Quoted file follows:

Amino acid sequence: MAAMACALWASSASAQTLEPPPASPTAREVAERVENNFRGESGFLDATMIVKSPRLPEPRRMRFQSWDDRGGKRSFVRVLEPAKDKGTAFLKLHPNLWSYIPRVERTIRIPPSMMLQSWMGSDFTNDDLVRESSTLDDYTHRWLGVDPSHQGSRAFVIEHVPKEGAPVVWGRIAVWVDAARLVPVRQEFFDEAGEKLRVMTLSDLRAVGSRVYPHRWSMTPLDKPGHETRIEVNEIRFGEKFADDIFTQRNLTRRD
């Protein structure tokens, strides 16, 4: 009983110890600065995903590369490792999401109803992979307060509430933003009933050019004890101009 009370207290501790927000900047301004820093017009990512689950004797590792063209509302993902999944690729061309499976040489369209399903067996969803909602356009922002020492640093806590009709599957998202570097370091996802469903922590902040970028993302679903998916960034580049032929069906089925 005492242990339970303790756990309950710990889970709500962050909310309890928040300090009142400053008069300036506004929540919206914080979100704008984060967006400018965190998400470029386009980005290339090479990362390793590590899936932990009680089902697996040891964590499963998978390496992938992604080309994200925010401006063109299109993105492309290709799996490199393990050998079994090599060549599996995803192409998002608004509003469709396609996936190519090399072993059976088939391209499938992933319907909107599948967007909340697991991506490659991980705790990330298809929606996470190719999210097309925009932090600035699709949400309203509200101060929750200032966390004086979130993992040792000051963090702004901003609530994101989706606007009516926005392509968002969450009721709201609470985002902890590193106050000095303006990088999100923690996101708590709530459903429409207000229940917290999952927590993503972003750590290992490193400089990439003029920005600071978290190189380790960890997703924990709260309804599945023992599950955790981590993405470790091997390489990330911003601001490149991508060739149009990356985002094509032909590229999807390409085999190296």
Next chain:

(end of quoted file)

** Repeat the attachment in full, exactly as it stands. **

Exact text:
Amino acid sequence: MAAMACALWASSASAQTLEPPPASPTAREVAERVENNFRGESGFLDATMIVKSPRLPEPRRMRFQSWDDRGGKRSFVRVLEPAKDKGTAFLKLHPNLWSYIPRVERTIRIPPSMMLQSWMGSDFTNDDLVRESSTLDDYTHRWLGVDPSHQGSRAFVIEHVPKEGAPVVWGRIAVWVDAARLVPVRQEFFDEAGEKLRVMTLSDLRAVGSRVYPHRWSMTPLDKPGHETRIEVNEIRFGEKFADDIFTQRNLTRRD
């Protein structure tokens, strides 16, 4: 009983110890600065995903590369490792999401109803992979307060509430933003009933050019004890101009 009370207290501790927000900047301004820093017009990512689950004797590792063209509302993902999944690729061309499976040489369209399903067996969803909602356009922002020492640093806590009709599957998202570097370091996802469903922590902040970028993302679903998916960034580049032929069906089925 005492242990339970303790756990309950710990889970709500962050909310309890928040300090009142400053008069300036506004929540919206914080979100704008984060967006400018965190998400470029386009980005290339090479990362390793590590899936932990009680089902697996040891964590499963998978390496992938992604080309994200925010401006063109299109993105492309290709799996490199393990050998079994090599060549599996995803192409998002608004509003469709396609996936190519090399072993059976088939391209499938992933319907909107599948967007909340697991991506490659991980705790990330298809929606996470190719999210097309925009932090600035699709949400309203509200101060929750200032966390004086979130993992040792000051963090702004901003609530994101989706606007009516926005392509968002969450009721709201609470985002902890590193106050000095303006990088999100923690996101708590709530459903429409207000229940917290999952927590993503972003750590290992490193400089990439003029920005600071978290190189380790960890997703924990709260309804599945023992599950955790981590993405470790091997390489990330911003601001490149991508060739149009990356985002094509032909590229999807390409085999190296």
Next chain: